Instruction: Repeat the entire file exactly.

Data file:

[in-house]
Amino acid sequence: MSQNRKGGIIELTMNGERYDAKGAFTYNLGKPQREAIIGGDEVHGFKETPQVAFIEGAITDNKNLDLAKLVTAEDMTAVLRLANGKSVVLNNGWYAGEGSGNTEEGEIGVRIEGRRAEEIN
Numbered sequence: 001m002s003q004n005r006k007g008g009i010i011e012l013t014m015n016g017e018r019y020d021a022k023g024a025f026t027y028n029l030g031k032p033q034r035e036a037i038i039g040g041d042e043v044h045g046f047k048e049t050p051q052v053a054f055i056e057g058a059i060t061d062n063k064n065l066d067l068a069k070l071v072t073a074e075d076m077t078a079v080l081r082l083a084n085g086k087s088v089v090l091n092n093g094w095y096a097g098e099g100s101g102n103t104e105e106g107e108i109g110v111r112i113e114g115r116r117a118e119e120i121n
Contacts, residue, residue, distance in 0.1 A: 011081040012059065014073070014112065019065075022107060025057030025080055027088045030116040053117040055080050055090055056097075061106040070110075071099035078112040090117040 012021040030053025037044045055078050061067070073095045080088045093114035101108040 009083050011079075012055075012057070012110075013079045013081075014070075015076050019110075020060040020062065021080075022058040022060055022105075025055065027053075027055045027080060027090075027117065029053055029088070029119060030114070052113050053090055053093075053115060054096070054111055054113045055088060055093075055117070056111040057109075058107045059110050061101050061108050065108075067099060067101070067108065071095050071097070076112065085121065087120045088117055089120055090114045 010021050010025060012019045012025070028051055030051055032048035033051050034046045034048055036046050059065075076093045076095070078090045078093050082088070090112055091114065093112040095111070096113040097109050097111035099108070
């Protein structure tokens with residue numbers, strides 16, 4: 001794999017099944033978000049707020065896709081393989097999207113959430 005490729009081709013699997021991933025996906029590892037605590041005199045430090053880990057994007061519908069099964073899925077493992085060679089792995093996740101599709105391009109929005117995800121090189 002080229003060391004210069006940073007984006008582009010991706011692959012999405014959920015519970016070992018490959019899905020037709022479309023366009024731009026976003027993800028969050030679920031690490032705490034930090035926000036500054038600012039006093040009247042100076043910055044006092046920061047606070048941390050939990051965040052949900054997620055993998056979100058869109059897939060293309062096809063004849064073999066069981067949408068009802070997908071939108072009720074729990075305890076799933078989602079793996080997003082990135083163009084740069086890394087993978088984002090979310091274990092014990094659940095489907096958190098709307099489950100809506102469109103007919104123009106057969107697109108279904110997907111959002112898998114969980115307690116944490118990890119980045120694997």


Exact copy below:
[in-house]
Amino acid sequence: MSQNRKGGIIELTMNGERYDAKGAFTYNLGKPQREAIIGGDEVHGFKETPQVAFIEGAITDNKNLDLAKLVTAEDMTAVLRLANGKSVVLNNGWYAGEGSGNTEEGEIGVRIEGRRAEEIN
Numbered sequence: 001m002s003q004n005r006k007g008g009i010i011e012l013t014m015n016g017e018r019y020d021a022k023g024a025f026t027y028n029l030g031k032p033q034r035e036a037i038i039g040g041d042e043v044h045g046f047k048e049t050p051q052v053a054f055i056e057g058a059i060t061d062n063k064n065l066d067l068a069k070l071v072t073a074e075d076m077t078a079v080l081r082l083a084n085g086k087s088v089v090l091n092n093g094w095y096a097g098e099g100s101g102n103t104e105e106g107e108i109g110v111r112i113e114g115r116r117a118e119e120i121n
Contacts, residue, residue, distance in 0.1 A: 011081040012059065014073070014112065019065075022107060025057030025080055027088045030116040053117040055080050055090055056097075061106040070110075071099035078112040090117040 012021040030053025037044045055078050061067070073095045080088045093114035101108040 009083050011079075012055075012057070012110075013079045013081075014070075015076050019110075020060040020062065021080075022058040022060055022105075025055065027053075027055045027080060027090075027117065029053055029088070029119060030114070052113050053090055053093075053115060054096070054111055054113045055088060055093075055117070056111040057109075058107045059110050061101050061108050065108075067099060067101070067108065071095050071097070076112065085121065087120045088117055089120055090114045 010021050010025060012019045012025070028051055030051055032048035033051050034046045034048055036046050059065075076093045076095070078090045078093050082088070090112055091114065093112040095111070096113040097109050097111035099108070
């Protein structure tokens with residue numbers, strides 16, 4: 001794999017099944033978000049707020065896709081393989097999207113959430 005490729009081709013699997021991933025996906029590892037605590041005199045430090053880990057994007061519908069099964073899925077493992085060679089792995093996740101599709105391009109929005117995800121090189 002080229003060391004210069006940073007984006008582009010991706011692959012999405014959920015519970016070992018490959019899905020037709022479309023366009024731009026976003027993800028969050030679920031690490032705490034930090035926000036500054038600012039006093040009247042100076043910055044006092046920061047606070048941390050939990051965040052949900054997620055993998056979100058869109059897939060293309062096809063004849064073999066069981067949408068009802070997908071939108072009720074729990075305890076799933078989602079793996080997003082990135083163009084740069086890394087993978088984002090979310091274990092014990094659940095489907096958190098709307099489950100809506102469109103007919104123009106057969107697109108279904110997907111959002112898998114969980115307690116944490118990890119980045120694997």